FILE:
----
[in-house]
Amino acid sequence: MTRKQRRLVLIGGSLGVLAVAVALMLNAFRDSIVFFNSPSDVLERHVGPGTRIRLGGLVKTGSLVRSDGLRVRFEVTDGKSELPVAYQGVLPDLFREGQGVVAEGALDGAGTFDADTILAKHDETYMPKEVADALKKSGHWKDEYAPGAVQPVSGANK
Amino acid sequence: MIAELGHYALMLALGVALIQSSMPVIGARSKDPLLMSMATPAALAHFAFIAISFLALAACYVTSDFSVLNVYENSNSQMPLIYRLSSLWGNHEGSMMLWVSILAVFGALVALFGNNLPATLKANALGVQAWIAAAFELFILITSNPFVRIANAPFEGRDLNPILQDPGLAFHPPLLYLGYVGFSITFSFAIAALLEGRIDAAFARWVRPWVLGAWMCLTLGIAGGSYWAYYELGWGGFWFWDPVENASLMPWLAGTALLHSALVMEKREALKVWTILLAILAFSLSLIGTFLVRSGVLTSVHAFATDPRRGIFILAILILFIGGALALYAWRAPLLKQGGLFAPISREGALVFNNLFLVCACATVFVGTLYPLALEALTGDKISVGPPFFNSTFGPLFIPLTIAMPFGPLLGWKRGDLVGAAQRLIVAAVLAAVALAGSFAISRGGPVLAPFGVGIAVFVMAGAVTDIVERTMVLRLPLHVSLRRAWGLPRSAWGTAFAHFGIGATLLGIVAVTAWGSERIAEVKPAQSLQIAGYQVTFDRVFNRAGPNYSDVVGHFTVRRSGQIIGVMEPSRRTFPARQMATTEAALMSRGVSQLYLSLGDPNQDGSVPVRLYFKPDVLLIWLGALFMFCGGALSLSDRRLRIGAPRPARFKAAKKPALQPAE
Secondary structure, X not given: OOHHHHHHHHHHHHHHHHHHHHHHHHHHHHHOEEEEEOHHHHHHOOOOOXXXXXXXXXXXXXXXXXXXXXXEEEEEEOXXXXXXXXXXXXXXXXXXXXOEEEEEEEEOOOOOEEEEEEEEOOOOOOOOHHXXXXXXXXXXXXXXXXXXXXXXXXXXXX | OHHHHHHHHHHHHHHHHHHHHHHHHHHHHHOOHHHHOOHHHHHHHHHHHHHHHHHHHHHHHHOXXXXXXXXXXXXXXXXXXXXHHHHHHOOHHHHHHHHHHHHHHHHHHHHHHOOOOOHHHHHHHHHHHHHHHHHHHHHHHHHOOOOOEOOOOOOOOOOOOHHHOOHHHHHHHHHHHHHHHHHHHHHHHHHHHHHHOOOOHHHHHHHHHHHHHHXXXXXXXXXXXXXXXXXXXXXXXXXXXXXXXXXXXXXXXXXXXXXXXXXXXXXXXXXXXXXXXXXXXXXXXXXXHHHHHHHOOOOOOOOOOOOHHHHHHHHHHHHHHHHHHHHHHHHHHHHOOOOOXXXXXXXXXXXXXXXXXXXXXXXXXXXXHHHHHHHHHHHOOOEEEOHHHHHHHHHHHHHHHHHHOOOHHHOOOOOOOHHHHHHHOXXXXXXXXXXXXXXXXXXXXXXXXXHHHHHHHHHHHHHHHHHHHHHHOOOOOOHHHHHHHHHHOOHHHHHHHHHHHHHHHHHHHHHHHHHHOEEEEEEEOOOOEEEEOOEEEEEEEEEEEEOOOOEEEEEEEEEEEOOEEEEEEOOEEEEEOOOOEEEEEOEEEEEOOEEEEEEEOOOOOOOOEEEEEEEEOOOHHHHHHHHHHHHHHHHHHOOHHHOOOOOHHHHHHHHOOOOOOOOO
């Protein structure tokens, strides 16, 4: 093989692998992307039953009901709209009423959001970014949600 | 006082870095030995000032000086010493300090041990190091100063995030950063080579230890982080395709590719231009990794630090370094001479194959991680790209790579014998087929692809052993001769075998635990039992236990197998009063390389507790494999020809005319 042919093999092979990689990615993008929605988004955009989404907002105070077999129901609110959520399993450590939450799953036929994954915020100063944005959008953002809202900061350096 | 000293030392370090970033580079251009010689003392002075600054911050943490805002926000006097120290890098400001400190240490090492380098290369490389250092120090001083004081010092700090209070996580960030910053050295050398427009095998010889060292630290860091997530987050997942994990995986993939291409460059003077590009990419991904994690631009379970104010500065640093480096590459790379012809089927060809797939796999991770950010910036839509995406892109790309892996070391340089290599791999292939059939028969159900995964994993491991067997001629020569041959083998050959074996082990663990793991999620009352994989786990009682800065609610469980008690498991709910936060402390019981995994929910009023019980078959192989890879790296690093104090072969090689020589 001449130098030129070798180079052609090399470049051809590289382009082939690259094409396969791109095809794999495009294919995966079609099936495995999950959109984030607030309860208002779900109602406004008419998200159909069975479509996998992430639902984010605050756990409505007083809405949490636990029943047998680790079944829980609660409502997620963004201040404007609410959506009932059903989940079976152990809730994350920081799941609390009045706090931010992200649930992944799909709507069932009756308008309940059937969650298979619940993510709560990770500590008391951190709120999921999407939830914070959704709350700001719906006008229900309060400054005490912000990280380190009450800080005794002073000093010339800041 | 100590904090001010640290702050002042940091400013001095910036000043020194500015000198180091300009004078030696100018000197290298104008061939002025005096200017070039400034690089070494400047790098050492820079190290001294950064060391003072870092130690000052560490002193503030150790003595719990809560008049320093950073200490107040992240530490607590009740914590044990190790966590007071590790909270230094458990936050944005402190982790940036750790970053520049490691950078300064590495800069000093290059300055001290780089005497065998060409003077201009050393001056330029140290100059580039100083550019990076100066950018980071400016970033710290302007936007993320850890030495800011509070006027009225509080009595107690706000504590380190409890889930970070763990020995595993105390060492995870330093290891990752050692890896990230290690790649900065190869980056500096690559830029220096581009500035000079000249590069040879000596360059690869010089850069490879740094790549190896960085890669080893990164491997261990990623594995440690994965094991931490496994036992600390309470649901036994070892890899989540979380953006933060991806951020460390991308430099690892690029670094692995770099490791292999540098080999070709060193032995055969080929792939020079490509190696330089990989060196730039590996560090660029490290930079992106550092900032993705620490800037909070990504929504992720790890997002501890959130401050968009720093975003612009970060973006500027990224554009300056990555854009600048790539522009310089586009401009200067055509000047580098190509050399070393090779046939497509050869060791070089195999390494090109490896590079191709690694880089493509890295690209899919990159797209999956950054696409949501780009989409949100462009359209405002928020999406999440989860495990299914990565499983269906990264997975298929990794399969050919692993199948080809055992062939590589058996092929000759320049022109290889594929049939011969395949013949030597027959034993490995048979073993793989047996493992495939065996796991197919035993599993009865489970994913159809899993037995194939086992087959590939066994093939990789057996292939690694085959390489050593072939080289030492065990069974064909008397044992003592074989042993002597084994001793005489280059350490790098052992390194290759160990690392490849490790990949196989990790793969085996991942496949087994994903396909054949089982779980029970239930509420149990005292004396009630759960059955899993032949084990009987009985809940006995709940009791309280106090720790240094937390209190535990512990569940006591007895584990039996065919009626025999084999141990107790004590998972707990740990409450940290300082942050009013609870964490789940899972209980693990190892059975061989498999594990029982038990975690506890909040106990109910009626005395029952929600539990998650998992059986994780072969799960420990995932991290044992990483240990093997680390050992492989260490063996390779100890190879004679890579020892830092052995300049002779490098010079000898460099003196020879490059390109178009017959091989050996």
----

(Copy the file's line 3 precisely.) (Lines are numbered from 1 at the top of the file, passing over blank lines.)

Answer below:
Amino acid sequence: MIAELGHYALMLALGVALIQSSMPVIGARSKDPLLMSMATPAALAHFAFIAISFLALAACYVTSDFSVLNVYENSNSQMPLIYRLSSLWGNHEGSMMLWVSILAVFGALVALFGNNLPATLKANALGVQAWIAAAFELFILITSNPFVRIANAPFEGRDLNPILQDPGLAFHPPLLYLGYVGFSITFSFAIAALLEGRIDAAFARWVRPWVLGAWMCLTLGIAGGSYWAYYELGWGGFWFWDPVENASLMPWLAGTALLHSALVMEKREALKVWTILLAILAFSLSLIGTFLVRSGVLTSVHAFATDPRRGIFILAILILFIGGALALYAWRAPLLKQGGLFAPISREGALVFNNLFLVCACATVFVGTLYPLALEALTGDKISVGPPFFNSTFGPLFIPLTIAMPFGPLLGWKRGDLVGAAQRLIVAAVLAAVALAGSFAISRGGPVLAPFGVGIAVFVMAGAVTDIVERTMVLRLPLHVSLRRAWGLPRSAWGTAFAHFGIGATLLGIVAVTAWGSERIAEVKPAQSLQIAGYQVTFDRVFNRAGPNYSDVVGHFTVRRSGQIIGVMEPSRRTFPARQMATTEAALMSRGVSQLYLSLGDPNQDGSVPVRLYFKPDVLLIWLGALFMFCGGALSLSDRRLRIGAPRPARFKAAKKPALQPAE